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Margaret of Austria. A Princess with ambition and political insight

Dagmar Eichberger

Eichberger, Dagmar, "Margaret of Austria. A Princess with ambition and political insight", dans Eichberger, Dagmar (éd.), Women of distinction : Margaret of York and Margaret of Austria. Davidsfonds, Leuven, 2005, p. 48-55.

Début de l’article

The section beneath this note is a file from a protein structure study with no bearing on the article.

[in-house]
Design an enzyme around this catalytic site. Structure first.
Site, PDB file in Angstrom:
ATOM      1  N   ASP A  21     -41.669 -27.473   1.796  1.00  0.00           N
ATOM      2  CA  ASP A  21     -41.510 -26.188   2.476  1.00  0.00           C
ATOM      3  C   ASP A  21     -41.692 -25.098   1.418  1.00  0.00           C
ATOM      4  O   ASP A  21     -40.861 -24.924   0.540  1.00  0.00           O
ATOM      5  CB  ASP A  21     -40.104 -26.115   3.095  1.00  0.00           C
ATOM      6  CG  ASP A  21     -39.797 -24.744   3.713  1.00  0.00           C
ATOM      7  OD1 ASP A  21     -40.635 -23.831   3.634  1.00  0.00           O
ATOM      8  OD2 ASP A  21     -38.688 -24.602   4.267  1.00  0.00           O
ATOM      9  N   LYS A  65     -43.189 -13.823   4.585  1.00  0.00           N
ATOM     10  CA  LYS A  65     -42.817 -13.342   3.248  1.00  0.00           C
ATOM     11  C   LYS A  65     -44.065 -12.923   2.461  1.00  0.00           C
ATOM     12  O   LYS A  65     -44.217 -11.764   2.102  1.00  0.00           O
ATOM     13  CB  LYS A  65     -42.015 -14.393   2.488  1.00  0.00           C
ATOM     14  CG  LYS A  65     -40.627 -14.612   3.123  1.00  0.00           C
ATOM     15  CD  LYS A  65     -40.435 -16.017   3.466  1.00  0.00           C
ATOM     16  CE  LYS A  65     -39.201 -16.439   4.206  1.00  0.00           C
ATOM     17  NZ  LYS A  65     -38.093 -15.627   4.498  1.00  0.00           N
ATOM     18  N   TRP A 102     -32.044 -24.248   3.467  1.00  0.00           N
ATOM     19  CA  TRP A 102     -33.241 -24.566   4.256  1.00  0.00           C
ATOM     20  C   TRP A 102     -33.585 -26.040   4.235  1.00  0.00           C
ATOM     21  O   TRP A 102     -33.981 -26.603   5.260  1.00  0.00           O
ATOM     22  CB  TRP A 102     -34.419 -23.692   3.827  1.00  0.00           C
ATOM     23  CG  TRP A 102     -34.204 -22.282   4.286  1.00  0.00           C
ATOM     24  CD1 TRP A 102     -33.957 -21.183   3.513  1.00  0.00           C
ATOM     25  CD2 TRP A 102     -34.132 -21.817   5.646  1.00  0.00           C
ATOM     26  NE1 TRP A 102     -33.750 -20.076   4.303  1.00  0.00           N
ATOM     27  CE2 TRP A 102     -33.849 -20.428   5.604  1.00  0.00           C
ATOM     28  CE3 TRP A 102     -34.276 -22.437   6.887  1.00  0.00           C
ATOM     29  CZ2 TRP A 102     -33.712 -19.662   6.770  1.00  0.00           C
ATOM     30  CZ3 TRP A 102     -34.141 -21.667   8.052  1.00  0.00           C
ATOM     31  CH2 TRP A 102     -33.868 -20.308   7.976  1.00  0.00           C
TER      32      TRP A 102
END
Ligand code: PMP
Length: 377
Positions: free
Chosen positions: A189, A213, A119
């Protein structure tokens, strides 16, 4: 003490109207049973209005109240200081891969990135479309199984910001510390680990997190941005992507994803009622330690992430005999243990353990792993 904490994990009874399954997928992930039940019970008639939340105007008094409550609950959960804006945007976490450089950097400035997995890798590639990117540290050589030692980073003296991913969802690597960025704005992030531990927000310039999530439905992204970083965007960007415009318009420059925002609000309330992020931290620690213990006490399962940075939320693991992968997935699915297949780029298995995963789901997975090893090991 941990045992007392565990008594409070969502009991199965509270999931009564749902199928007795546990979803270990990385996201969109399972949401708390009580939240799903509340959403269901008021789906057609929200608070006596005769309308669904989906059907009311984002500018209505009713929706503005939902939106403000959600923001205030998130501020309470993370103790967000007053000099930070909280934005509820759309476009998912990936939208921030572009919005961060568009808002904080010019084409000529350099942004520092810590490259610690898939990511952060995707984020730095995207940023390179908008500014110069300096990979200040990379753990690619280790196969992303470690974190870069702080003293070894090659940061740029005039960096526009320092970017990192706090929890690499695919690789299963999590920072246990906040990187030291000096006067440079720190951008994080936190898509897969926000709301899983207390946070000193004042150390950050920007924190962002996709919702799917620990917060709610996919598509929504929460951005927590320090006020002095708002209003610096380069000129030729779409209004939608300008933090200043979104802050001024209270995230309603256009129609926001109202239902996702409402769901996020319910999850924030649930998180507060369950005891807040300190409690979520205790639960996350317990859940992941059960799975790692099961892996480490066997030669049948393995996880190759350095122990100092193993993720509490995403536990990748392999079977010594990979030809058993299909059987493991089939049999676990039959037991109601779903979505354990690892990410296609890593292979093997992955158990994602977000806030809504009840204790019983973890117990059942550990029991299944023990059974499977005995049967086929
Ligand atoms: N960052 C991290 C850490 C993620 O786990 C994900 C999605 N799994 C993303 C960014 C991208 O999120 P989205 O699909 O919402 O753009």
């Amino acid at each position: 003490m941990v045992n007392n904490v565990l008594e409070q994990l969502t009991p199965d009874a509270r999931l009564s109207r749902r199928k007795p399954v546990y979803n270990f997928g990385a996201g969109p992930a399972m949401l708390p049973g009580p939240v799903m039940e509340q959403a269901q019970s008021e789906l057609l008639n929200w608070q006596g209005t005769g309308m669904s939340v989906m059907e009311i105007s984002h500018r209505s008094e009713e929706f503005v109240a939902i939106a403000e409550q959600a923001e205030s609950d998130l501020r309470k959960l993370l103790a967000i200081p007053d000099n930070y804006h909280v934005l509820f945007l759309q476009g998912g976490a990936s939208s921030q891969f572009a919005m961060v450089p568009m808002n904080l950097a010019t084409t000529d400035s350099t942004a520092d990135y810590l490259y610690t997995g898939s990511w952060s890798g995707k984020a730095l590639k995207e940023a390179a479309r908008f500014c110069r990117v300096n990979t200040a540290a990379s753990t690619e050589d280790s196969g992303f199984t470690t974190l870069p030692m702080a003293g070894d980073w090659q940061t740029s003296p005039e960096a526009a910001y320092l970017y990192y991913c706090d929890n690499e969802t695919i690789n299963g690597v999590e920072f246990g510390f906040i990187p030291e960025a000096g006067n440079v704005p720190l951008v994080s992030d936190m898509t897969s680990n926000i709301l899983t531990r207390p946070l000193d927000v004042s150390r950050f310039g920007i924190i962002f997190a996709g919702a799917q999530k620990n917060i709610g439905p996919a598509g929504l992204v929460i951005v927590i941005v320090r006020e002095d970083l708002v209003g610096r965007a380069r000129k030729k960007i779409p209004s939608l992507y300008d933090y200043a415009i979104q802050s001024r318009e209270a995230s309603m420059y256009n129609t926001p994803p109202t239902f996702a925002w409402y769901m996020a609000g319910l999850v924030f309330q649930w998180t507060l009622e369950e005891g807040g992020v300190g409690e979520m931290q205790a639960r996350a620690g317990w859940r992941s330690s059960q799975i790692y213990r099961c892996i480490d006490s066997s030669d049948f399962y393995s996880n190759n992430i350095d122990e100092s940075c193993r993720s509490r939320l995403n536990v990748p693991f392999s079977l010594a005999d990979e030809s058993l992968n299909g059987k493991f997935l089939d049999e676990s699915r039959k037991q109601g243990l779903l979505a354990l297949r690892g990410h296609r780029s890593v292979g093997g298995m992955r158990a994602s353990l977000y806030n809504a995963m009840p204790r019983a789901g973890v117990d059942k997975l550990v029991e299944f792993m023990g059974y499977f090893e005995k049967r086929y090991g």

The most important phases in the life of Margaret of Austria were the result of decisions made by others : by her father Maximilian I (1459-1519) and her nephew Charles V (1500-1558), both of whom acted in the overall interest of the Habsburg dynasty. As the case of Margaret of York has shown, it was a fate no different from that of other noble women, yet despite traditional expectations that viewed the female sex in terms of obedient daughters, loyal wives and responsible mothers, women of that period often enjoyed a surprising degree of liberty, which each could exercise according to individual inclination and personality. This is particulary true of Margaret of Austria who spent the second half of her life (1507-1530) in the Burgundian Netherlands and through her achievements attained considerable renown throughout Europe. Her influence on the politics of the territories she administered was considerable and she actively sought to extent her personal authority. That today we are able to form such a clear picture of Margaret is due to her amazing energy and willpower. Her fascinating personality is still to be felt in Mechelen, the city she made her residence, and in Brou close to Bourg-en-Bresse, where her body is buried. Through her love of music, art and poetry, she transformed her palace, the so-called Hof van Savoyen, into a centre of courtly culture, with a reputation that extended far beyond the boundaries of Mechelen.

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